United CEO Jeff Smisek steps down amid federal investigation

United Airlines has abruptly replaced its CEO as federal officials continue to investigate the airline’s ties to the former chairman of the agency that operates New York-area airports, including Newark, a key hub for the carrier.

United Continental Holdings Inc. said Tuesday that Jeffery Smisek and two other senior executives had resigned. Oscar Munoz, a railroad executive and head of United’s audit committee, was named CEO and president.

Munoz’s appointment was so sudden that no pay package had been worked out.

United disclosed earlier this year that the company and some of its executives had received subpoenas from a federal grand jury for information about its dealings with the Port Authority of New York and New Jersey. United said it was cooperating with the government probe and conducting its own internal investigation.

Former Port Authority chairman David Samson’s activities have been subject of document requests from the U.S. attorney’s office in New Jersey, including Samson’s votes on United Airlines projects at Newark Airport at the same time United was restarting flights from Newark to Columbia, South Carolina, near where Samson has a vacation home.

United began an about twice-weekly direct flight from Newark to Columbia that began after Samson became chairman and was canceled days after he resigned last year.

United said in a statement Tuesday that the executive departures were related to its internal investigation, but on a late afternoon conference call airline executives declined to say what the investigation found and what prompted the shake-up.

Smisek was chairman and CEO of Continental Airlines before it merged with United in 2010. He has been under pressure for several years as United was slower than Delta Air Lines to return to profitability and suffered several embarrassing computer outages, the latest in June and July, that led to hundreds of delayed and canceled flights.

There was turmoil in the executive ranks too. The chief financial officer quit to join PayPal, and now the CEO is out.

On a call with analysts, the new United CEO insisted, “We’re really not that unstable.”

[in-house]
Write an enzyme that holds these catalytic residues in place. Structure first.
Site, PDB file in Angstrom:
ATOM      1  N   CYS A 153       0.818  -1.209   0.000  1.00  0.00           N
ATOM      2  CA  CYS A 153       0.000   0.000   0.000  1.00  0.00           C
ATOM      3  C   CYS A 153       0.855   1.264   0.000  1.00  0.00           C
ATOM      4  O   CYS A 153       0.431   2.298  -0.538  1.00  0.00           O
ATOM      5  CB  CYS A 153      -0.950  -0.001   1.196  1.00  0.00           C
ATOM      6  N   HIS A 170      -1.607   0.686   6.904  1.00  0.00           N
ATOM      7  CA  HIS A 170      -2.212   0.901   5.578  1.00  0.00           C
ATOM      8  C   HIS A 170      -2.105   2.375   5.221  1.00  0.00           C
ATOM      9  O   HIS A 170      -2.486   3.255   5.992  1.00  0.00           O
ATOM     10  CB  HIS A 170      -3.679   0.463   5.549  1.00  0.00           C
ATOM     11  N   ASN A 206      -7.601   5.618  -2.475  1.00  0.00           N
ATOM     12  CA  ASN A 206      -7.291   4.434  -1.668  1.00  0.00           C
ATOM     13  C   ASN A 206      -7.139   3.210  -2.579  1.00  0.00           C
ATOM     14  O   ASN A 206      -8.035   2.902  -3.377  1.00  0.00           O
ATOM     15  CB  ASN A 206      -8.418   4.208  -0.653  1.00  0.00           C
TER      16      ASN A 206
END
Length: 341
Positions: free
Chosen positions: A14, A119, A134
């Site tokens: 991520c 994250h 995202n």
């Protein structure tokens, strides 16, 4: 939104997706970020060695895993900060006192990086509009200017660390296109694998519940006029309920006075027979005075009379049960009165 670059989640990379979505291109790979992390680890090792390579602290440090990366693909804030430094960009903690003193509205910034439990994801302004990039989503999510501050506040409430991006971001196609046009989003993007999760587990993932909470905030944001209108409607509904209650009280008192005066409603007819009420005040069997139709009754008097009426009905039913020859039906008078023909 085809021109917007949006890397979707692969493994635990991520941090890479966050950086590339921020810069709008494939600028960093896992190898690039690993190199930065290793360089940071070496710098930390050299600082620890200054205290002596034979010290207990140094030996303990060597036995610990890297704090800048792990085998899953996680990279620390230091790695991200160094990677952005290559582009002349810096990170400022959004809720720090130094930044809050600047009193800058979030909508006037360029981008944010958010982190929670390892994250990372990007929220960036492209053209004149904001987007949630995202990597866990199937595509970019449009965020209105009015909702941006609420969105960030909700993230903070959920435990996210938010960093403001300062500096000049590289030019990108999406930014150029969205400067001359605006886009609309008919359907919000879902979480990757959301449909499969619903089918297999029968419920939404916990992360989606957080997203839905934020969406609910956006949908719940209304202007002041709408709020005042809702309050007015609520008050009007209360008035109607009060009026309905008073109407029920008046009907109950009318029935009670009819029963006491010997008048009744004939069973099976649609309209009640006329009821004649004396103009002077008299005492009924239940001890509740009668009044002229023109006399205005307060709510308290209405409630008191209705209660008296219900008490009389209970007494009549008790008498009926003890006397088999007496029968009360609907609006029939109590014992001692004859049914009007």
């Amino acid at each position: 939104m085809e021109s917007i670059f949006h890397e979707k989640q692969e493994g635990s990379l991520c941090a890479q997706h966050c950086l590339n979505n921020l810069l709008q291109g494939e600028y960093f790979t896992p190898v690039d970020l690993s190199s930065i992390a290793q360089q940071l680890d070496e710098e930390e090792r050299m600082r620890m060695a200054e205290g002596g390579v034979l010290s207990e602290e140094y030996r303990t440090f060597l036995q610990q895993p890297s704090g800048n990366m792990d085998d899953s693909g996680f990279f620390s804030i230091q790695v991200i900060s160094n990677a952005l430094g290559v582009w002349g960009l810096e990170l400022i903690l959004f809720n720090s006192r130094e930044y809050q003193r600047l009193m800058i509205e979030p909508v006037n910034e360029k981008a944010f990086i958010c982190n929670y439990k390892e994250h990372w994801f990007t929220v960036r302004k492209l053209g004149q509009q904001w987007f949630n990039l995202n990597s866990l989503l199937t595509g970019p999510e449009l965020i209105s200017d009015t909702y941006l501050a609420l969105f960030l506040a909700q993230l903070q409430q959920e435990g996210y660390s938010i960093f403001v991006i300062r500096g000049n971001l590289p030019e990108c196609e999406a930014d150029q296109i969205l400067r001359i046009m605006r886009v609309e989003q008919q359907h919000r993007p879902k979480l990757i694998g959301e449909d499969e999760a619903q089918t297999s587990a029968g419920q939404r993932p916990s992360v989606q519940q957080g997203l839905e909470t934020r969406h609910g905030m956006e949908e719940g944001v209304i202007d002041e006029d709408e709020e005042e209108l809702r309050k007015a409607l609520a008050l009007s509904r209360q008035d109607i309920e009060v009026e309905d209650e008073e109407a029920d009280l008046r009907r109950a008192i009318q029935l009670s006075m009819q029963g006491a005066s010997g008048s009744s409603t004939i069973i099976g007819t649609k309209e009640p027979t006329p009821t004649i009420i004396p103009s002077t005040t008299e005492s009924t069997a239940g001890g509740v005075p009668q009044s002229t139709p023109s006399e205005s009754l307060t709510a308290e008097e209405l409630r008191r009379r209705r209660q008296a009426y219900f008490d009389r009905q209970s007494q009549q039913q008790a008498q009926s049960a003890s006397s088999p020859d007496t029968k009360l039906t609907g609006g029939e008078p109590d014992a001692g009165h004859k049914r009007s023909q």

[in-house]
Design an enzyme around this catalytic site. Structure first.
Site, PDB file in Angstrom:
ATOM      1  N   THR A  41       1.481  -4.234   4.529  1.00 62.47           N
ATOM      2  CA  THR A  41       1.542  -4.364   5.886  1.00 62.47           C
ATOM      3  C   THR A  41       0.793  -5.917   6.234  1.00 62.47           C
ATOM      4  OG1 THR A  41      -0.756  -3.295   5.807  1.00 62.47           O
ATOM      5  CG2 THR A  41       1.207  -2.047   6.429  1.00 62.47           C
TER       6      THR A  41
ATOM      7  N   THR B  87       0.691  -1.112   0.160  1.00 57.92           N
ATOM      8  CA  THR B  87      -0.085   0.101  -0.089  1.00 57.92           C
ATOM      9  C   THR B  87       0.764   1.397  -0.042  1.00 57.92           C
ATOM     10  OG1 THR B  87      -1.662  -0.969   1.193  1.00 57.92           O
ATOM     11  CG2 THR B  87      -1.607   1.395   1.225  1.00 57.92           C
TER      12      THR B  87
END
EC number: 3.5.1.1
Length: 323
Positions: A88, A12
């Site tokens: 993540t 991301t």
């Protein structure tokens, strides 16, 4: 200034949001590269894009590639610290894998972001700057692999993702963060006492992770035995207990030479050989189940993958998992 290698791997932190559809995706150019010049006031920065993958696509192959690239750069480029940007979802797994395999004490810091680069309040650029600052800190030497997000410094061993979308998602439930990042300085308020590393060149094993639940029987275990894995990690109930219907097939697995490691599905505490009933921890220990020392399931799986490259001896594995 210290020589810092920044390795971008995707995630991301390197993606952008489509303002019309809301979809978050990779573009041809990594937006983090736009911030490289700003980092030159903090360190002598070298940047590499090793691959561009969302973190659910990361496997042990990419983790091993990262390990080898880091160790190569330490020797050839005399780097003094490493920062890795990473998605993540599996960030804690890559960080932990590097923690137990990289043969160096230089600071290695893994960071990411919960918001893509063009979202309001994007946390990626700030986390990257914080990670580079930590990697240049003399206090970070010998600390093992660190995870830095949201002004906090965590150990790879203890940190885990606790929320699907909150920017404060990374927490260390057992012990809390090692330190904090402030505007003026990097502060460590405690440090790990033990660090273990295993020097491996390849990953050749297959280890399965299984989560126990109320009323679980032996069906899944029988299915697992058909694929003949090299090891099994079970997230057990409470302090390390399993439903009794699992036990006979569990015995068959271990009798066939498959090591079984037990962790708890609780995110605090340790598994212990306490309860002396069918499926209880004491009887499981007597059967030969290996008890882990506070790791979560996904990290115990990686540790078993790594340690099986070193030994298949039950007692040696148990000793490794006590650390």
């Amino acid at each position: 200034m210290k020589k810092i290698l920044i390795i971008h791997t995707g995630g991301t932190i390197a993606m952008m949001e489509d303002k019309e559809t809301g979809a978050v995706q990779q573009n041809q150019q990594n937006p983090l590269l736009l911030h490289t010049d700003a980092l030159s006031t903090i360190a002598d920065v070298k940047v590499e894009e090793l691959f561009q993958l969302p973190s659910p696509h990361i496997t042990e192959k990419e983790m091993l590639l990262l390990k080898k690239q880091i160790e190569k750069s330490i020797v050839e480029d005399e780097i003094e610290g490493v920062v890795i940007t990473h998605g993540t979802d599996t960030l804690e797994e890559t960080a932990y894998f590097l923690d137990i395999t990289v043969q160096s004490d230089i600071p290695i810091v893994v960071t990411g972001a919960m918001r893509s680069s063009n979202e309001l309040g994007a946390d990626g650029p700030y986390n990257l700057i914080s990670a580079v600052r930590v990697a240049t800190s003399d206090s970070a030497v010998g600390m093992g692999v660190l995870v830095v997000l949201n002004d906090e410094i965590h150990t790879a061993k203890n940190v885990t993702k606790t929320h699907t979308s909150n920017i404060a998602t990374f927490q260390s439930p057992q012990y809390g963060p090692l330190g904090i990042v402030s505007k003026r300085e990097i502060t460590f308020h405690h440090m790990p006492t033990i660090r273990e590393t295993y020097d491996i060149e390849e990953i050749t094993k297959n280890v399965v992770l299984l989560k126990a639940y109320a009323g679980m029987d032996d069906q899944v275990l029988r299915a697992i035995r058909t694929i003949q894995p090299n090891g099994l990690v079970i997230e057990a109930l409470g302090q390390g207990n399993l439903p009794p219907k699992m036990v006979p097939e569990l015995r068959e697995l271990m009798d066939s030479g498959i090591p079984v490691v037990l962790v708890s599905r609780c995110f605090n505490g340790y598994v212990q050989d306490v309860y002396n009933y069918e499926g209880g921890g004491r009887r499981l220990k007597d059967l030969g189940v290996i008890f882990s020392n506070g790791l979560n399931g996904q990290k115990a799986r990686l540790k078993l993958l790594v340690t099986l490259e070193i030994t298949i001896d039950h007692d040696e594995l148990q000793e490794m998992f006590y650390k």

“Clearly there have been organizational changes, operational-systems issues and all that,” Munoz said, “but we’ve made significant progress.”

The airline’s financial performance has improved. It earned $1.7 billion in the first half of 2015, a nearly 10-fold increase over the first half of 2014 as jet fuel costs tumbled by about one-third.

Munoz, 56, has served as president and chief operating officer of CSX Corp. since February and as a CSX executive since 2003. He joined the United Continental board in 2010. Terms of his compensation have not been made final.

In a regulatory filing, United said Smisek’s would get a severance payment of $4.9 million and be eligible for a bonus. Smisek, 61, will have health insurance until he is eligible for Medicare and keep flight benefits and parking privileges for the rest of his life. He gets to keep his company car.

Smisek agreed to cooperate fully with United “in the defense, prosecution or conduct of any claims or investigations which relate to events or occurrences that transpired” while he was employed.

Samson, a former state attorney general in New Jersey, headed Gov. Chris Christie’s transition team and was appointed chairman of the Port Authority by Christie in in 2011. He resigned in March 2014, several months after the scandal surrounding politically motivated lane closures at the George Washington Bridge the previous September.

Samson has not been charged with any criminal wrongdoing, nor have any United executives.

In a letter to United’s 84,000 employees, Munoz said that executive vice president Nene Foxhall and senior vice president Mark Anderson also stepped down. Both oversaw government affairs at the Chicago-based airline.

Munoz said the company had an “incredible opportunity” to increase earnings and improve the flying experience.

Another United director, Henry L. Meyer III, was named non-executive chairman.

Airlines Writer Scott Mayerowitz in New York and reporter David Porter in Newark, N.J., contributed to this report.

Source:: ap.org

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